Reports have confirmed that wind farms generated more electricity than coal for the very first time last year.
But, at the same time, it’s been reported that just five days into 2017, London has already exceeded its annual air pollution limit. It’s illegal for hourly levels of nitrogen dioxide to rise above 200 micrograms per cubic metres more than 18 times a year, but last week this was shattered by a road in Lambeth.
Air pollution is primarily caused by road traffic, and causes 5,900 early deaths every single year. Funding is due to double to tackle the problem in London, but commentators say that the key problem rests in environmental attitudes at a national level. While air pollution and renewable energy are separate environmental issues, they’re united by the same political apathy.
Total wind production has actually dropped. Wind provided 11.5% of power in 2016, but is down from 12% in 2015. The triumph of wind over coal is less about the growing success of renewables, and more about the declining influence of British coal. The last coal plants are due to be closed completely by 2025.
Renewable energy is no longer the future. It’s the present. Recent reports have suggested that 30 countries have finally reached “grid parity”, where solar and wind power is the same price as traditional fossil fuels. The cost of solar energy has dropped by 80% since 2009, whilst wind energy has seen a 30% drop since 2014. All the while, China has announced investment of over $361 billion in green energy, quintupling solar power capacity.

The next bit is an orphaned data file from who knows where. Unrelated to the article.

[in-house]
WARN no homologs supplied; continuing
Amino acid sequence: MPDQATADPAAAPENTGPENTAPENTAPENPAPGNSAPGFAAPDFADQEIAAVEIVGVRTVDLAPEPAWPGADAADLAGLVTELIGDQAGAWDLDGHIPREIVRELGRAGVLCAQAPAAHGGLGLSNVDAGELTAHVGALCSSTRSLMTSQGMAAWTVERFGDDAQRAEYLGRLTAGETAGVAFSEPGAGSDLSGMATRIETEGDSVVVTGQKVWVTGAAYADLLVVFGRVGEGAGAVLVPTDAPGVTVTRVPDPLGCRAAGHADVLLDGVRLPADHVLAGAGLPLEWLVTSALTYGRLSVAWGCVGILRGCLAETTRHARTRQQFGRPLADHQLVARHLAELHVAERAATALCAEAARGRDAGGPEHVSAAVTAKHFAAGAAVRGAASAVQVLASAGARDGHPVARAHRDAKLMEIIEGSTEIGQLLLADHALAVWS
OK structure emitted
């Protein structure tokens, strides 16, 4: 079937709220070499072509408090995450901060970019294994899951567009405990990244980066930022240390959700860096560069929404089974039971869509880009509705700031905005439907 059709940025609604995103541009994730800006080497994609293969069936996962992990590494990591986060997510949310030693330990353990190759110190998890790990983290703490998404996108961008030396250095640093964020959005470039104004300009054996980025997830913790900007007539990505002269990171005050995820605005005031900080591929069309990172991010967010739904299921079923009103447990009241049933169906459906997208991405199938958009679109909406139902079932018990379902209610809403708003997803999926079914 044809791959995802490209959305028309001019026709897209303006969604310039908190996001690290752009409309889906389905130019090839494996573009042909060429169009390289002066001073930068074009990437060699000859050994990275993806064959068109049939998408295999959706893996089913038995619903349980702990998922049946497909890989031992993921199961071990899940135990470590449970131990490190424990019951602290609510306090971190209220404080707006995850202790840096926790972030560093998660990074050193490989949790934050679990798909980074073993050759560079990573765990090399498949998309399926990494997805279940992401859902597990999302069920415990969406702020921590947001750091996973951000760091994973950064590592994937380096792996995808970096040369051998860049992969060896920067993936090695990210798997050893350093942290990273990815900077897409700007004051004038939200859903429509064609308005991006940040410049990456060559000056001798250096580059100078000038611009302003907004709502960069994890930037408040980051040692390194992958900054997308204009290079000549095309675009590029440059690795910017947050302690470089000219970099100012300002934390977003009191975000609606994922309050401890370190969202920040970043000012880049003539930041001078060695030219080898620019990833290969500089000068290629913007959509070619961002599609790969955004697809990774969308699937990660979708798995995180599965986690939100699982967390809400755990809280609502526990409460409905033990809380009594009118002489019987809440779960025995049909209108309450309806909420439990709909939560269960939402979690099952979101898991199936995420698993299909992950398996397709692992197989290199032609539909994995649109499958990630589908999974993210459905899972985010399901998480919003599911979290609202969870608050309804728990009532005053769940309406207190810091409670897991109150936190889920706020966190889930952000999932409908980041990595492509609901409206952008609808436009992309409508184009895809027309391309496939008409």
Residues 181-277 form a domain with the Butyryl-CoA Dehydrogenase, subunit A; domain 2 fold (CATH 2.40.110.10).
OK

Britain now gets more electricity from wind than coal. pic.twitter.com/ckNtr7xOcz— Business Insider UK (@BIUK) January 6, 2017
David Cameron, former UK Prime Minister, promised to deliver the “greenest government ever” in 2010. Now, some say his clean rhetoric was nothing more than hot air. Seven years later, the majority Conservative government has scrapped the Department for Energy and Climate Change, brought back fracking, and pushed ahead for a controversial expansion at Heathrow airport that is due to make air pollution worse.
The Green Alliance has found that renewable investments of over £1 billion disappeared completely last year. Over the next three years, investment will drop by a staggering 95%. Yet, according to the Paris climate agreement ratified by Boris Johnson at the end of last year, the UK must cut carbon emissions by 90% before 2050. Meanwhile, the high court ruled last year that the state response to air pollution has been illegally poor.
“Renewables will be cheaper than new fossil power stations by 2025 at the latest if we allow companies to build, learn, and cut their costs,” said Dustin Benton, Green Alliance deputy director. “But the government has been holding back… It’s also blocked the cheapest renewables from being built.”
Building a stable future with renewable energy is not a breeze. It needs funding to grow, so that grid parity can be a British reality. It’s promising news that wind energy has finally overtaken coal production, but if investment in renewables does indeed drop by 95% in the next 3 years, then progress will fly off a cliff edge. Alongside the pertinent problem of air pollution, national action is an absolute and immediate necessity.